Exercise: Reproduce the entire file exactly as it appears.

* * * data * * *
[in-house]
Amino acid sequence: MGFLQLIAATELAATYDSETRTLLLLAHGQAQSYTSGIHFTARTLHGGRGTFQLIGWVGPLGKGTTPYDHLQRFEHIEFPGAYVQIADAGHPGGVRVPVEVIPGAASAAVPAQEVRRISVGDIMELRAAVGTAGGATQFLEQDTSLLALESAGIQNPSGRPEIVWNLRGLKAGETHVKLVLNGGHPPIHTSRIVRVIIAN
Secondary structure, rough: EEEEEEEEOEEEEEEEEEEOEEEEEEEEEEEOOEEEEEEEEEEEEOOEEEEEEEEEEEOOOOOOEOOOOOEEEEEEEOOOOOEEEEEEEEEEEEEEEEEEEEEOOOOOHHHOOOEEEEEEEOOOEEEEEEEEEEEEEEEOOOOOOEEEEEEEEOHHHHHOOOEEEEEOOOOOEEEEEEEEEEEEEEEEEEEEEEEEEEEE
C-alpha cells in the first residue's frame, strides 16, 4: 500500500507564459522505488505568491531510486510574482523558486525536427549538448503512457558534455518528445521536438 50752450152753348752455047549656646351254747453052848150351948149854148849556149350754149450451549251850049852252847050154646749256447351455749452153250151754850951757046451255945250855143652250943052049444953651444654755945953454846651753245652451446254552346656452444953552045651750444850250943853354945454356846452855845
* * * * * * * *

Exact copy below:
[in-house]
Amino acid sequence: MGFLQLIAATELAATYDSETRTLLLLAHGQAQSYTSGIHFTARTLHGGRGTFQLIGWVGPLGKGTTPYDHLQRFEHIEFPGAYVQIADAGHPGGVRVPVEVIPGAASAAVPAQEVRRISVGDIMELRAAVGTAGGATQFLEQDTSLLALESAGIQNPSGRPEIVWNLRGLKAGETHVKLVLNGGHPPIHTSRIVRVIIAN
Secondary structure, rough: EEEEEEEEOEEEEEEEEEEOEEEEEEEEEEEOOEEEEEEEEEEEEOOEEEEEEEEEEEOOOOOOEOOOOOEEEEEEEOOOOOEEEEEEEEEEEEEEEEEEEEEOOOOOHHHOOOEEEEEEEOOOEEEEEEEEEEEEEEEOOOOOOEEEEEEEEOHHHHHOOOEEEEEOOOOOEEEEEEEEEEEEEEEEEEEEEEEEEEEE
C-alpha cells in the first residue's frame, strides 16, 4: 500500500507564459522505488505568491531510486510574482523558486525536427549538448503512457558534455518528445521536438 50752450152753348752455047549656646351254747453052848150351948149854148849556149350754149450451549251850049852252847050154646749256447351455749452153250151754850951757046451255945250855143652250943052049444953651444654755945953454846651753245652451446254552346656452444953552045651750444850250943853354945454356846452855845